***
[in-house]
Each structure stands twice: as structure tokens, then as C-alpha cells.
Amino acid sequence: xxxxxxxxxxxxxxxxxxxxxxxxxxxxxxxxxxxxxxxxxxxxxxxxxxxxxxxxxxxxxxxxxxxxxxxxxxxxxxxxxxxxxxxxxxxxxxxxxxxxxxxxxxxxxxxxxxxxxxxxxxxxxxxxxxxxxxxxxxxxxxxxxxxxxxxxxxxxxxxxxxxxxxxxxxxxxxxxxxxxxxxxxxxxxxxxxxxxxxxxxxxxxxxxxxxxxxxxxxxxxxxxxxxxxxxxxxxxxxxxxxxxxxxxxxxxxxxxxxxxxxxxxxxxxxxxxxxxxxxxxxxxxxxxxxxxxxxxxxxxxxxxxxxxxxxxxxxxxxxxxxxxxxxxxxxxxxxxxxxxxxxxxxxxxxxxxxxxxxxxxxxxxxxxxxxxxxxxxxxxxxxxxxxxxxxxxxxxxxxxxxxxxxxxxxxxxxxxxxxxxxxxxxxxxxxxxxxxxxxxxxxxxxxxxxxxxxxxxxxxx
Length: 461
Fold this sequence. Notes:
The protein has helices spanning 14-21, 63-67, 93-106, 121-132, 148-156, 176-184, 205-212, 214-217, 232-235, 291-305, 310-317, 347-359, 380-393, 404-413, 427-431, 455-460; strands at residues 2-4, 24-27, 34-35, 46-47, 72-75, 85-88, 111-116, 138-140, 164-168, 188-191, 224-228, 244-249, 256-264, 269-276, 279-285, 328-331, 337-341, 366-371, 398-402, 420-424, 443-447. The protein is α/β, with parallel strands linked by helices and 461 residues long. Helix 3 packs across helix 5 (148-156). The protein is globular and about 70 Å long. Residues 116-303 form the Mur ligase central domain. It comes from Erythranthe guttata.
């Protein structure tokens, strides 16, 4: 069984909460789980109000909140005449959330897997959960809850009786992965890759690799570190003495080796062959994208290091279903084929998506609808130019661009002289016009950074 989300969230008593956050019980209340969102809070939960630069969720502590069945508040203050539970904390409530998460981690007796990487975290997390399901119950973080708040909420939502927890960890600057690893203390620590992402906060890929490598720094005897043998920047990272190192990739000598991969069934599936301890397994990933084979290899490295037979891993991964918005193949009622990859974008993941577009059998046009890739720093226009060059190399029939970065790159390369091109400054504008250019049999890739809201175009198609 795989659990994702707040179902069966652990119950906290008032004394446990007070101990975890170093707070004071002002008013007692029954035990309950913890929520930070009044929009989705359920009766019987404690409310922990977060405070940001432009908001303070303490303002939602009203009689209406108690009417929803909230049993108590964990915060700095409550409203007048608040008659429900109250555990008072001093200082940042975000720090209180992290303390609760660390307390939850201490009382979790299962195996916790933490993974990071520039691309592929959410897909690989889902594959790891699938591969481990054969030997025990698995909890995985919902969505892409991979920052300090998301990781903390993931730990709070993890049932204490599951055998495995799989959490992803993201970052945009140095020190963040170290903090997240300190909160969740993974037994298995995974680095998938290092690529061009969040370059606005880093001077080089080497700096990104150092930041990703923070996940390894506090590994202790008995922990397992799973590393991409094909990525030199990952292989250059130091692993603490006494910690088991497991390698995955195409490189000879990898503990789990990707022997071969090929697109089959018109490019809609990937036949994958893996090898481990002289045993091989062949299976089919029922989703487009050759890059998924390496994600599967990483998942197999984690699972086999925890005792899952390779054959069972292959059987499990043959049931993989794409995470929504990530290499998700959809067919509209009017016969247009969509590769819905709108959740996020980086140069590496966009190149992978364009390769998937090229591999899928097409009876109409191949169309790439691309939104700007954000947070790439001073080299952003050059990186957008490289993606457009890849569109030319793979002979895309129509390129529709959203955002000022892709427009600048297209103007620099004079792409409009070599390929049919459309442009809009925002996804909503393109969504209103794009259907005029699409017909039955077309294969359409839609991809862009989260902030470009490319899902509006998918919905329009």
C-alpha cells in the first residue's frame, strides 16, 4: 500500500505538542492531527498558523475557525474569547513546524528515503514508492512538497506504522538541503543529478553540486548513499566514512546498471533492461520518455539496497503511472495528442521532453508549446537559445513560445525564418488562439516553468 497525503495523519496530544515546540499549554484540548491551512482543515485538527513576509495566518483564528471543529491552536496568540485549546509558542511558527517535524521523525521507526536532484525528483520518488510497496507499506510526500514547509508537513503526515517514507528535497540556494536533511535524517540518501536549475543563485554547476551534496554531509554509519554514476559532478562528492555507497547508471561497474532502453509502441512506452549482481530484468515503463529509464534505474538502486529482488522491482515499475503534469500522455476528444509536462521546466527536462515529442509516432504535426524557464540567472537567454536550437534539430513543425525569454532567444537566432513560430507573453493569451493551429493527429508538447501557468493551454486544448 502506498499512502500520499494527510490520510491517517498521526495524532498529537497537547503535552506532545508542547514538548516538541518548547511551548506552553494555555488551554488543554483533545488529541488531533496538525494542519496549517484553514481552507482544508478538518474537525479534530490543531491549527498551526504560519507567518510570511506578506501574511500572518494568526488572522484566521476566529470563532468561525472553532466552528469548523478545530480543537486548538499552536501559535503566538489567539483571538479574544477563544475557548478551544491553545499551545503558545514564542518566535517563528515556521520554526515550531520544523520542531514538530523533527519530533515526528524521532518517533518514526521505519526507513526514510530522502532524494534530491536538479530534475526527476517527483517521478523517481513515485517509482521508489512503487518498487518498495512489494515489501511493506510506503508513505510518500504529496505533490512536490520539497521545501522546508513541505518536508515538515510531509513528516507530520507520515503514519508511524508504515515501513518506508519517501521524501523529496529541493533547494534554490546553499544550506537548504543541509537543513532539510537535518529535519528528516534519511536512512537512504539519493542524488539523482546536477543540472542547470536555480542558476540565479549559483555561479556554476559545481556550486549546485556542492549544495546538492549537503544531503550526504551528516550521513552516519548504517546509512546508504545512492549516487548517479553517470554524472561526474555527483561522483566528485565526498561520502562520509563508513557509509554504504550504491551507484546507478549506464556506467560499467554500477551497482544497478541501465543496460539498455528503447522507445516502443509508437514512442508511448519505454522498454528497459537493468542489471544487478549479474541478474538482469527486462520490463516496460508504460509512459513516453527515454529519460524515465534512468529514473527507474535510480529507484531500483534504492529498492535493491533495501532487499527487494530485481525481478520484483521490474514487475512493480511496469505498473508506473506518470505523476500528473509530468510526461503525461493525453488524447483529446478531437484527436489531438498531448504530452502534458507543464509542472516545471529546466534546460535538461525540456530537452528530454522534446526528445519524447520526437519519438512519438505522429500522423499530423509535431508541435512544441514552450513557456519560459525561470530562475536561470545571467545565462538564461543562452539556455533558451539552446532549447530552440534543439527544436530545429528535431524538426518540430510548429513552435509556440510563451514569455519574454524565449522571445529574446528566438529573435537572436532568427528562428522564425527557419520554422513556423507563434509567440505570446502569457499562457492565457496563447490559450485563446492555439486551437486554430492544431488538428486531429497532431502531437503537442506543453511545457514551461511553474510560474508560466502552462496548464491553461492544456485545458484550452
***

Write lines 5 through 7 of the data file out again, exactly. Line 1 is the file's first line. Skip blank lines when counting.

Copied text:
Fold this sequence. Notes:
The protein has helices spanning 14-21, 63-67, 93-106, 121-132, 148-156, 176-184, 205-212, 214-217, 232-235, 291-305, 310-317, 347-359, 380-393, 404-413, 427-431, 455-460; strands at residues 2-4, 24-27, 34-35, 46-47, 72-75, 85-88, 111-116, 138-140, 164-168, 188-191, 224-228, 244-249, 256-264, 269-276, 279-285, 328-331, 337-341, 366-371, 398-402, 420-424, 443-447. The protein is α/β, with parallel strands linked by helices and 461 residues long. Helix 3 packs across helix 5 (148-156). The protein is globular and about 70 Å long. Residues 116-303 form the Mur ligase central domain. It comes from Erythranthe guttata.
């Protein structure tokens, strides 16, 4: 069984909460789980109000909140005449959330897997959960809850009786992965890759690799570190003495080796062959994208290091279903084929998506609808130019661009002289016009950074 989300969230008593956050019980209340969102809070939960630069969720502590069945508040203050539970904390409530998460981690007796990487975290997390399901119950973080708040909420939502927890960890600057690893203390620590992402906060890929490598720094005897043998920047990272190192990739000598991969069934599936301890397994990933084979290899490295037979891993991964918005193949009622990859974008993941577009059998046009890739720093226009060059190399029939970065790159390369091109400054504008250019049999890739809201175009198609 795989659990994702707040179902069966652990119950906290008032004394446990007070101990975890170093707070004071002002008013007692029954035990309950913890929520930070009044929009989705359920009766019987404690409310922990977060405070940001432009908001303070303490303002939602009203009689209406108690009417929803909230049993108590964990915060700095409550409203007048608040008659429900109250555990008072001093200082940042975000720090209180992290303390609760660390307390939850201490009382979790299962195996916790933490993974990071520039691309592929959410897909690989889902594959790891699938591969481990054969030997025990698995909890995985919902969505892409991979920052300090998301990781903390993931730990709070993890049932204490599951055998495995799989959490992803993201970052945009140095020190963040170290903090997240300190909160969740993974037994298995995974680095998938290092690529061009969040370059606005880093001077080089080497700096990104150092930041990703923070996940390894506090590994202790008995922990397992799973590393991409094909990525030199990952292989250059130091692993603490006494910690088991497991390698995955195409490189000879990898503990789990990707022997071969090929697109089959018109490019809609990937036949994958893996090898481990002289045993091989062949299976089919029922989703487009050759890059998924390496994600599967990483998942197999984690699972086999925890005792899952390779054959069972292959059987499990043959049931993989794409995470929504990530290499998700959809067919509209009017016969247009969509590769819905709108959740996020980086140069590496966009190149992978364009390769998937090229591999899928097409009876109409191949169309790439691309939104700007954000947070790439001073080299952003050059990186957008490289993606457009890849569109030319793979002979895309129509390129529709959203955002000022892709427009600048297209103007620099004079792409409009070599390929049919459309442009809009925002996804909503393109969504209103794009259907005029699409017909039955077309294969359409839609991809862009989260902030470009490319899902509006998918919905329009």